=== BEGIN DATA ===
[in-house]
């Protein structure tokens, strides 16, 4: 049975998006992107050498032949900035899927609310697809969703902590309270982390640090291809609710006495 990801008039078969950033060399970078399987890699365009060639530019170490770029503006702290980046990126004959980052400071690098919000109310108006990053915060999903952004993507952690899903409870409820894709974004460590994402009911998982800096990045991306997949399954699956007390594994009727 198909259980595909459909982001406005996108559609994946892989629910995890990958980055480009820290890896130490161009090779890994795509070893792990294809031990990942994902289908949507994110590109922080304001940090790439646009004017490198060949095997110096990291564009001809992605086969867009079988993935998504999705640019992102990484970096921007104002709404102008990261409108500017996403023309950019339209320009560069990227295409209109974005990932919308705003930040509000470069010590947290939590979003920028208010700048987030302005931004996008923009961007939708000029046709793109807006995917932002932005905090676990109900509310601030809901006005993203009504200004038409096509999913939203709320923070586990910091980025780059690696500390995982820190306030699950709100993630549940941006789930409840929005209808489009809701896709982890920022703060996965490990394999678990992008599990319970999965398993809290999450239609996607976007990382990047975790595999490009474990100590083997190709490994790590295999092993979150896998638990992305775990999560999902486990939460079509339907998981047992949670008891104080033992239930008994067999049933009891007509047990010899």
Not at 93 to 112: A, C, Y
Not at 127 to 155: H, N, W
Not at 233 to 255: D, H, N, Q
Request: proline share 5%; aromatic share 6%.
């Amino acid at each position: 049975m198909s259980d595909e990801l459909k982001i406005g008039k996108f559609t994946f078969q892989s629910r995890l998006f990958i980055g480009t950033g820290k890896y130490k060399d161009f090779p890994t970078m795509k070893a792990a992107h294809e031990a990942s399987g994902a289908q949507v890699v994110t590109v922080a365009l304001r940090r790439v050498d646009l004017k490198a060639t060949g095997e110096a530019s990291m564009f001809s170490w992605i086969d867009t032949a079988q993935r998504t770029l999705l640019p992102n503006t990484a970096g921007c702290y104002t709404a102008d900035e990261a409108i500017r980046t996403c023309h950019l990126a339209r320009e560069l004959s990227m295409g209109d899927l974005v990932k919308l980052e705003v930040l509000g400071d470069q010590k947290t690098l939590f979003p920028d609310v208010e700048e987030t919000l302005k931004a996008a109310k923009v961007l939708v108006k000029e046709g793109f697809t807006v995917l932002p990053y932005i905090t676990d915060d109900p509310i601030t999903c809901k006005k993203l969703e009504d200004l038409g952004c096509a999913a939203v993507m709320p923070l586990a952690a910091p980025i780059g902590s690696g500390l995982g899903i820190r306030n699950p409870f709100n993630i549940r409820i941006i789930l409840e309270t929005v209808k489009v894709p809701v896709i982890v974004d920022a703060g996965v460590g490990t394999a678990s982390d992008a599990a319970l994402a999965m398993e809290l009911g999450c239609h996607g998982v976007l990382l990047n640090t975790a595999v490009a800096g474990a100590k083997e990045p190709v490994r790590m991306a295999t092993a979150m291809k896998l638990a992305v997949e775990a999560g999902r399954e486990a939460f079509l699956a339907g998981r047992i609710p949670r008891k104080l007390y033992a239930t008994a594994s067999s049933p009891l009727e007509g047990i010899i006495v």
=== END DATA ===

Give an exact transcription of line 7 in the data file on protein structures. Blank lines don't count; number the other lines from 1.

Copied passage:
């Amino acid at each position: 049975m198909s259980d595909e990801l459909k982001i406005g008039k996108f559609t994946f078969q892989s629910r995890l998006f990958i980055g480009t950033g820290k890896y130490k060399d161009f090779p890994t970078m795509k070893a792990a992107h294809e031990a990942s399987g994902a289908q949507v890699v994110t590109v922080a365009l304001r940090r790439v050498d646009l004017k490198a060639t060949g095997e110096a530019s990291m564009f001809s170490w992605i086969d867009t032949a079988q993935r998504t770029l999705l640019p992102n503006t990484a970096g921007c702290y104002t709404a102008d900035e990261a409108i500017r980046t996403c023309h950019l990126a339209r320009e560069l004959s990227m295409g209109d899927l974005v990932k919308l980052e705003v930040l509000g400071d470069q010590k947290t690098l939590f979003p920028d609310v208010e700048e987030t919000l302005k931004a996008a109310k923009v961007l939708v108006k000029e046709g793109f697809t807006v995917l932002p990053y932005i905090t676990d915060d109900p509310i601030t999903c809901k006005k993203l969703e009504d200004l038409g952004c096509a999913a939203v993507m709320p923070l586990a952690a910091p980025i780059g902590s690696g500390l995982g899903i820190r306030n699950p409870f709100n993630i549940r409820i941006i789930l409840e309270t929005v209808k489009v894709p809701v896709i982890v974004d920022a703060g996965v460590g490990t394999a678990s982390d992008a599990a319970l994402a999965m398993e809290l009911g999450c239609h996607g998982v976007l990382l990047n640090t975790a595999v490009a800096g474990a100590k083997e990045p190709v490994r790590m991306a295999t092993a979150m291809k896998l638990a992305v997949e775990a999560g999902r399954e486990a939460f079509l699956a339907g998981r047992i609710p949670r008891k104080l007390y033992a239930t008994a594994s067999s049933p009891l009727e007509g047990i010899i006495v």